Album Review: Foot – You Are Weightless

Album Review: Foot – You Are Weightless
Reviewed by Paul Hutchings

A quick glance through Foot’s social media pages sees them stand in illustrious company on a playlist alongside the likes of Elder, Alunah, Goatsmoke and Acid Wolf. But there’s more to this Melbourne based outfit, whose quartet revolves around the creative force of guitarist and vocalist Paul Holden, whose other band members change on a regular basis.

‘You are Weightless’ is the band’s fourth release, and the first thing to say is that, apart from the slightly muddied production, there is plenty to explore. Foot generally sits in the stoner fuzziness camp, but they often drift to the more expansive sounds of Queens of the Stone Age, Dinosaur Jnr and even Mudhoney and Alice in Chains.

This is an album that ensures that no straightjacketed label is applied to the band, with a broader, rich soundscape that flows organically throughout the 40 minutes on offer. It’s an enjoyable album, with the closing track ‘Scared’ one of many standout songs on the release. The guitar driven opener ‘Bitter’ flows freely between psych, stoner and even pop sensibilities, echoes of early Offspring occasionally springing to mind. The subtle keyboards bring a layered sound, adding both a contemporary and retro style which is both confusing yet welcome. It’s the latter which resonates most with me, drifting as it does into a deeper psychedelic vibe towards the climax of the song.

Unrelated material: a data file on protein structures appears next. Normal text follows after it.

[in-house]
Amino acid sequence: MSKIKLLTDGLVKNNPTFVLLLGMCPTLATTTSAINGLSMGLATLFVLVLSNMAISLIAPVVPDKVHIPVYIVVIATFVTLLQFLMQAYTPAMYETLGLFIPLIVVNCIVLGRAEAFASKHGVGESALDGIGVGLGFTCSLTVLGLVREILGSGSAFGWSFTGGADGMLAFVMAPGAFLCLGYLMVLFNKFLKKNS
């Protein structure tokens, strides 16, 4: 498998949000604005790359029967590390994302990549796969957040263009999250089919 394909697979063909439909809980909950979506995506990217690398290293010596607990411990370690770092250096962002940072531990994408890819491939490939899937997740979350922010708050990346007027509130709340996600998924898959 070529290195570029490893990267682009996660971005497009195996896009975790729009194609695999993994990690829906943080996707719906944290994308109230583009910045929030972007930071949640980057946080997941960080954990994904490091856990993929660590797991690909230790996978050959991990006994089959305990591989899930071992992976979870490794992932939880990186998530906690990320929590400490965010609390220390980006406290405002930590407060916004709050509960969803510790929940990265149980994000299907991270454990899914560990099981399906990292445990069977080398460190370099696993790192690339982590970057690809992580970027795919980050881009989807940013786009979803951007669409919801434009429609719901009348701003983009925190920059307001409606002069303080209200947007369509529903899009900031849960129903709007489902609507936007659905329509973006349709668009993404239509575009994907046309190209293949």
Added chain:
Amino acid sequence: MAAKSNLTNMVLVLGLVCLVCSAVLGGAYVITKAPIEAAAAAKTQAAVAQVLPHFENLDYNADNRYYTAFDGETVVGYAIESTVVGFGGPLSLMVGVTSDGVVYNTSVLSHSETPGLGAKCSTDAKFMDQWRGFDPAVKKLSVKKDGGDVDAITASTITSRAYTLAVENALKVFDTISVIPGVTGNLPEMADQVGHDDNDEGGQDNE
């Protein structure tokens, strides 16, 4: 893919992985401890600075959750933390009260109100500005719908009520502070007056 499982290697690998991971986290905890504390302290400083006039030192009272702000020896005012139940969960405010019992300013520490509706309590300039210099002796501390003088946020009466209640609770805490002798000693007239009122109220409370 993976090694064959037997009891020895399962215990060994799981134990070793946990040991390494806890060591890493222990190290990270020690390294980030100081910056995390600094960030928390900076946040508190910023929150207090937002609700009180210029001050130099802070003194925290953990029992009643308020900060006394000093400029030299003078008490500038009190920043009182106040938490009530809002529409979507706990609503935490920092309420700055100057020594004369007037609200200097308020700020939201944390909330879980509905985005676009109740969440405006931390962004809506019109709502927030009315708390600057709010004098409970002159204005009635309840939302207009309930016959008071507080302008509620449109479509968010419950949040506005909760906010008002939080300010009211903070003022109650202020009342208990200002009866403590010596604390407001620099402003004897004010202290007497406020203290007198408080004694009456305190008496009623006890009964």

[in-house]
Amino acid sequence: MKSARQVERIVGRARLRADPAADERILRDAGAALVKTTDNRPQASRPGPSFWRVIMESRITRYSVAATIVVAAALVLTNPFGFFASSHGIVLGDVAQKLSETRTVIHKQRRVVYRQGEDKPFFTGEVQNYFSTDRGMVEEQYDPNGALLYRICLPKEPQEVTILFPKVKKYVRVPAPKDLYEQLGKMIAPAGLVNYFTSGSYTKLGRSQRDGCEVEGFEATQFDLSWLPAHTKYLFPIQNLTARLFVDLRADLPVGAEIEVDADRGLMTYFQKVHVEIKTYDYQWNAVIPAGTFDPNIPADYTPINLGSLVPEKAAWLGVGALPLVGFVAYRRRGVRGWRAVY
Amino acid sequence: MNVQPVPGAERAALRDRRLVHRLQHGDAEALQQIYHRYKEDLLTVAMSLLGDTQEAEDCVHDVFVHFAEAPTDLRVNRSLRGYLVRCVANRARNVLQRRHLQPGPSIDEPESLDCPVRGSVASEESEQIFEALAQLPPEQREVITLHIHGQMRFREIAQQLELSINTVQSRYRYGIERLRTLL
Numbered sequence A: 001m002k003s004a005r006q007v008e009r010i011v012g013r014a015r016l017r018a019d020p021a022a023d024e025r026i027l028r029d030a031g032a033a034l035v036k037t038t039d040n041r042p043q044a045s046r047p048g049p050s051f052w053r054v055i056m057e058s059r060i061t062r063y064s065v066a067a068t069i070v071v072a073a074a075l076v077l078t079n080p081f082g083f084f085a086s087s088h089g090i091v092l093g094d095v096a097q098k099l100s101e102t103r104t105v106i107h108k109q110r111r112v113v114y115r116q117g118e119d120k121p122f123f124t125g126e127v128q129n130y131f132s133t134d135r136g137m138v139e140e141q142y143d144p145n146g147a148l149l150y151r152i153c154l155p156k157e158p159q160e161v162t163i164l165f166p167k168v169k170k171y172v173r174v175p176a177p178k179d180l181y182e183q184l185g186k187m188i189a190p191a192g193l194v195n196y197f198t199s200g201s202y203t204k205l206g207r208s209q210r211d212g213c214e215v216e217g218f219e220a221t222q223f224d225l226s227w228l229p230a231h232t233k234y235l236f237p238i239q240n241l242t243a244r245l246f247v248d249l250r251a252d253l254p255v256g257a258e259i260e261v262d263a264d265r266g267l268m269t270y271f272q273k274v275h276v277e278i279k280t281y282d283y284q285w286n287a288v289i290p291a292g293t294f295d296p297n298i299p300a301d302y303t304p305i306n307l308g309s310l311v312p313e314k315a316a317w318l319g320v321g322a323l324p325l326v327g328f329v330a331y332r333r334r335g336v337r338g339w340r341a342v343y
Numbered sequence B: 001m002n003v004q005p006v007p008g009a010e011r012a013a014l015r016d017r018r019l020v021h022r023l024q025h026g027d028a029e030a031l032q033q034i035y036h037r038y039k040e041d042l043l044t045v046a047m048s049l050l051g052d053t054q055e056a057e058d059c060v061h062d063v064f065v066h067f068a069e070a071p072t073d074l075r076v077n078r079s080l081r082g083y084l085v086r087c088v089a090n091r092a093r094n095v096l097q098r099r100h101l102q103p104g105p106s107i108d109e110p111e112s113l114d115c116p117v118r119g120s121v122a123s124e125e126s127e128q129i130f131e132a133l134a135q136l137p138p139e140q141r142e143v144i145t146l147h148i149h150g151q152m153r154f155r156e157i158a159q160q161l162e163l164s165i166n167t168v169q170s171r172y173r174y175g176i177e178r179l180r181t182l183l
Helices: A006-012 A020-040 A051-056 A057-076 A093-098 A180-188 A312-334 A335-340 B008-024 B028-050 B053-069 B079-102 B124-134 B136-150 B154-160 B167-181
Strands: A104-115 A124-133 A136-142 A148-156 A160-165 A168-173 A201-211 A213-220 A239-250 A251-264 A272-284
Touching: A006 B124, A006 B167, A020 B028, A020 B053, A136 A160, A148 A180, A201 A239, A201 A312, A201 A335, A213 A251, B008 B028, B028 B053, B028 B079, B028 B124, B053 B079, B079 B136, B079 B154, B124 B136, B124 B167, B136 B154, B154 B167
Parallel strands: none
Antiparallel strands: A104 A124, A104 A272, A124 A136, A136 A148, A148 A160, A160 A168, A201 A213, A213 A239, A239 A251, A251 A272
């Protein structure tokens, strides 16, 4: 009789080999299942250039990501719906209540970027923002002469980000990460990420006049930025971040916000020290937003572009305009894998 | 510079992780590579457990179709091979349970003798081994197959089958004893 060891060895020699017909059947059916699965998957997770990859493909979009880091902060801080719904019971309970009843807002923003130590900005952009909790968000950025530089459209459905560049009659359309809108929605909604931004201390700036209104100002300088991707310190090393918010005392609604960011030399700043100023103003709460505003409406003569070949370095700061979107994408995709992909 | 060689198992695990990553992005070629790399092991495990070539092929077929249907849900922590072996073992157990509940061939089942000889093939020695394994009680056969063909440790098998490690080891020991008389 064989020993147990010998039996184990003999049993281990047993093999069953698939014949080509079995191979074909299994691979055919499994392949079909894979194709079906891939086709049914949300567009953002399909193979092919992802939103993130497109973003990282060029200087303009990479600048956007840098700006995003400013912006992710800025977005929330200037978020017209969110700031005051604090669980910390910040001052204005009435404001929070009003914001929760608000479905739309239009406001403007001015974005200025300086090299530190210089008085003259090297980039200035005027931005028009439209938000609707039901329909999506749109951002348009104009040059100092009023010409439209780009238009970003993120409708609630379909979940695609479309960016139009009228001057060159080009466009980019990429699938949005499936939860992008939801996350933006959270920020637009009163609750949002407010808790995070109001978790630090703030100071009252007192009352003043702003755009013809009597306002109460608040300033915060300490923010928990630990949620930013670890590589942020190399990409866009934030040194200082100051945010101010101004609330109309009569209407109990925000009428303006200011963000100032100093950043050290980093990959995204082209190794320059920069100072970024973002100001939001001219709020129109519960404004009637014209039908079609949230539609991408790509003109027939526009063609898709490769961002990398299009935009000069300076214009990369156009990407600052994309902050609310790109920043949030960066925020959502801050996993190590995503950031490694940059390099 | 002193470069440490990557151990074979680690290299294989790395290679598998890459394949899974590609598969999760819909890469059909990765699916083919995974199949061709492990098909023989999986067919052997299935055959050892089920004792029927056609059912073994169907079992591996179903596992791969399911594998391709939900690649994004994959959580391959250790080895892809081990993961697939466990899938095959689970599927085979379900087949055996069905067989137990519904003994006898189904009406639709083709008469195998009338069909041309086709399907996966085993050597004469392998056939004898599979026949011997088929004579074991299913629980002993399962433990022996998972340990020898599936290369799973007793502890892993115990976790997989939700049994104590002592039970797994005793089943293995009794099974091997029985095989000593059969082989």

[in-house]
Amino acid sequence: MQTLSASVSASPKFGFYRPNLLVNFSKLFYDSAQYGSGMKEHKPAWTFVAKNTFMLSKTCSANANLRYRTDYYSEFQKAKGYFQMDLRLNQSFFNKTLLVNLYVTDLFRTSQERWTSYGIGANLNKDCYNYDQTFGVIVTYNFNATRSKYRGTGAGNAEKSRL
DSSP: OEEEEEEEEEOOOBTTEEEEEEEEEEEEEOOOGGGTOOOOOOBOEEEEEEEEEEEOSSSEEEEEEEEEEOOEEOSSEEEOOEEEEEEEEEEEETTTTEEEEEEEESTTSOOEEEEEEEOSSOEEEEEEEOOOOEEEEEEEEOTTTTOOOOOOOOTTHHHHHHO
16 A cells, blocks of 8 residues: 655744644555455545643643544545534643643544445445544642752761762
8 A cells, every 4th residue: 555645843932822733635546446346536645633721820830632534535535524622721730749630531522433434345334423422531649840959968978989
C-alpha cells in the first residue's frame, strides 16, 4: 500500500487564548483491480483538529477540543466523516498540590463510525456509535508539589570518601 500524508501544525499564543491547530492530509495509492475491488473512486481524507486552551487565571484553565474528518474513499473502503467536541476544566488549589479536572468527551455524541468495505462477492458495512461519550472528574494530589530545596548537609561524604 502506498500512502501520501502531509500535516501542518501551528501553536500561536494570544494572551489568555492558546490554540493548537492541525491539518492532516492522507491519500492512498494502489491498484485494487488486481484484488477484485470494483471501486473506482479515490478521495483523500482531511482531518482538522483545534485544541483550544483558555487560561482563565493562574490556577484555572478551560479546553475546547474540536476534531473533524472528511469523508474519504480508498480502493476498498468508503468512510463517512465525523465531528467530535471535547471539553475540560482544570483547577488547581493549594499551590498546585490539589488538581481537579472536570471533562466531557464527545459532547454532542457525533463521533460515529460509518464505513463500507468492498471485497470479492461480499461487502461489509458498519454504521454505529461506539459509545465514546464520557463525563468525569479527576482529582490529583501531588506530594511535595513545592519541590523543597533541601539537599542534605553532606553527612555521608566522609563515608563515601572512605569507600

Album Review: Foot – You Are Weightless

In between these songs, Foot brings another five songs that all follow a similar pattern but with enough variation not to become repetitive. The mellow vibes of ‘Caged Animal’ belies its title, with a pleasing style of movement which flows in true AiC manner, partly due to the delicious vocal harmonies on the choruses. ‘Fire Dance takes the band in a totally different direction, their spacey brand of thick riffing and surging bass lines propelling them forward, without any panicky urgency. It is composed, thoughtful and gently memorable.

Both ‘Gold Lion’ and ‘I’ll Be Fine’ are upbeat, full of melody and infectious. There’s little to dislike here with the vocals of Holden standing out even above the music. The riffs are heavy enough to keep those looking for something meaty interested, whilst the lighter side of the band will appeal to those who may parts of it a bit too fuzzed up. Even the slight industrial tinge to ‘Impossible’ crosses several musical boundaries.

It all adds up to an enjoyable release that will have you taping and nodding along. An album that can sit in the background or just as easily be the feature for more focused attention, Foot have released an LP that deserves a bit of time.

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